Creating accessible materials
How to make documents, presentations and online materials accessible.
Introduction to alternative formats
The University has a legal and moral responsibility under the Equality Act 2010 to provide any of its documents, leaflets, electronic resources etc in an alternative format if requested by a disabled user. Examples of alternative formats are providing a document in large print, Braille, printed on coloured paper, a paper copy of an electronic resource or vice versa or an electronic resource in an alternative way eg: Word document instead of a PDF.The following information explains how to offer this service and what it involves, points to keep in mind are:
Large print and coloured paper
These are two of the most commonly requested alternative formats.
A few simple steps to help make your Word documents more accessible.
It is possible to create PDFs that are accessible to most users.
A guide for dealing with requests for documents in Braille.
Requests for documentation on audio CD are rare, but they can be time consuming.
Advice and tips on how to make your emails accessible.
In addition to making your presentations more accessible to disabled users, there are many advantages to creating accessible PowerPoint presentations.
Improving the Accessibility of PREZI
At the moment PREZI is often inaccessible to disabled people. The company have promised to address this in the future and hopefully things will improve, but in the meantime we would recommend that PREZI is not used. If you have to use PREZI the following are some guidelines to assist you in making it as accessible as possible.
Creating Accessible Exam Papers
The aim of this guidance is to provide staff with helpful and practical guidelines to assist in formatting exam papers to make them as accessible as possible for all users.
Creating Accessible Online Content for Websites, Wikis and Blogs
Creating accessible websites, wikis, blogs etc can be a complex issue and the following guidance is aimed at providing a brief overview of where to start. There are official guidelines available that cover this issue in depth. We would recommend you create your University websites using the University's content management system which will ensure most aspects of accessibility are covered. However, if you are creating a website, blog, wiki etc outwith Polopoly we would recommend you contact Viki Galt (details below) for an accessibility audit of the proposed site and bear in mind the points below. Currently, the two sets of guidelines that are most commonly referred to that cover this area are the W3C Web Content Accessibility Guidelines and the British Standards Institute Code of Practice on website accessibility BS8878.The W3C Web Content Accessibility Guidelines can be found at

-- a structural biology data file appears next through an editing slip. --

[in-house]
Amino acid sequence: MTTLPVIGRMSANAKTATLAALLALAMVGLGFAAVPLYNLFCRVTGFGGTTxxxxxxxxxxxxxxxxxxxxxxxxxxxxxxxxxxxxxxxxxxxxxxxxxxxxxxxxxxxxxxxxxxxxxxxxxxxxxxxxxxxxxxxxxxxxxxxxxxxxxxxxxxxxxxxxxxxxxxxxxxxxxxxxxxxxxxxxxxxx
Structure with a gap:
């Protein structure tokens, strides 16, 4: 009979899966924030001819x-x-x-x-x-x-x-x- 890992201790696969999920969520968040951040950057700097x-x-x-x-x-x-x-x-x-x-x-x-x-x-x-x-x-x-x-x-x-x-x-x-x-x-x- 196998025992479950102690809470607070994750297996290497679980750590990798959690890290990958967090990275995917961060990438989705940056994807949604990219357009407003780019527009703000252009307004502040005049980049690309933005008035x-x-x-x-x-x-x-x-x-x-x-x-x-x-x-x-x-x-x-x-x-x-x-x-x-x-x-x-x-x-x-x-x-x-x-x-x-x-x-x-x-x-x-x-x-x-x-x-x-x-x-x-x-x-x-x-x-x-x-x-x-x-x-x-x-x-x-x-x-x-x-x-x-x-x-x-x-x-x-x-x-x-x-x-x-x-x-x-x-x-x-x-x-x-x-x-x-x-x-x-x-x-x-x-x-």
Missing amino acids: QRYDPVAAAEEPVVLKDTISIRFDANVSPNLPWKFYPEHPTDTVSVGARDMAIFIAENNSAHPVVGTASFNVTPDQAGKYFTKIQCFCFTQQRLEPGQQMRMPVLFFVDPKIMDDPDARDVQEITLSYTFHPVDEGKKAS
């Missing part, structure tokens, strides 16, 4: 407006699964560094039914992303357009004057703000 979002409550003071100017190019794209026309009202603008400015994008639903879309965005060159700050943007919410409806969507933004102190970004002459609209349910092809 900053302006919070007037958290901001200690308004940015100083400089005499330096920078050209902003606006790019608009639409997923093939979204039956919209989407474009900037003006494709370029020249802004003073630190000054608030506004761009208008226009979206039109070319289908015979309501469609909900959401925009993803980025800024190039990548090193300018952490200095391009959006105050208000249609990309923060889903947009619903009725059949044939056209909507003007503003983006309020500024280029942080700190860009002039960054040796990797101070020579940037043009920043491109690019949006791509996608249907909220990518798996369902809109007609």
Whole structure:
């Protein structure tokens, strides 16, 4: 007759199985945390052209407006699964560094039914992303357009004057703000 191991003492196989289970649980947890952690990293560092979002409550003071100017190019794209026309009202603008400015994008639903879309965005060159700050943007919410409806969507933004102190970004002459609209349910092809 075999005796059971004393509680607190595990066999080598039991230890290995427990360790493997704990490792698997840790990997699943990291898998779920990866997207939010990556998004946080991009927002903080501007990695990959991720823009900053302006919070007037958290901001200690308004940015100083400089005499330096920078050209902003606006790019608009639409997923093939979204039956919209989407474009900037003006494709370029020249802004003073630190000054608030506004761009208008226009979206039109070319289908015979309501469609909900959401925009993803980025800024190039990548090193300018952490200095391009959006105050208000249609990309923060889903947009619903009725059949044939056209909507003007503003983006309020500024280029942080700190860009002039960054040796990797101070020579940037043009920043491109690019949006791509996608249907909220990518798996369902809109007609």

Creating Accessible Courses in VLE's
The following is some general guidance on things to consider when creating your courses in a VLE to make sure they are as accessible as possible for disabled users. Accessible content is also likely to be more useable and therefore benefit all users.
The following is some useful guidance to consider when producing content for computer information screens to ensure they are as accessible as possible.
Creating accessible handbooks
In response to requests from Schools asking for advice on how to create accessible handbooks, the Accessible Information Working Group (a former subgroup of the Student Disability Committee) has produced this guidance. Its aim is to provide course organisers with helpful and practical advice in order to assist them in making documents as accessible as possible for disabled users.
Creating accessible lectures/tutorials
The following guide aims to provide anyone lecturing or giving presentations with some quick, practical advice and tips to help make their presentations as accessible as possible.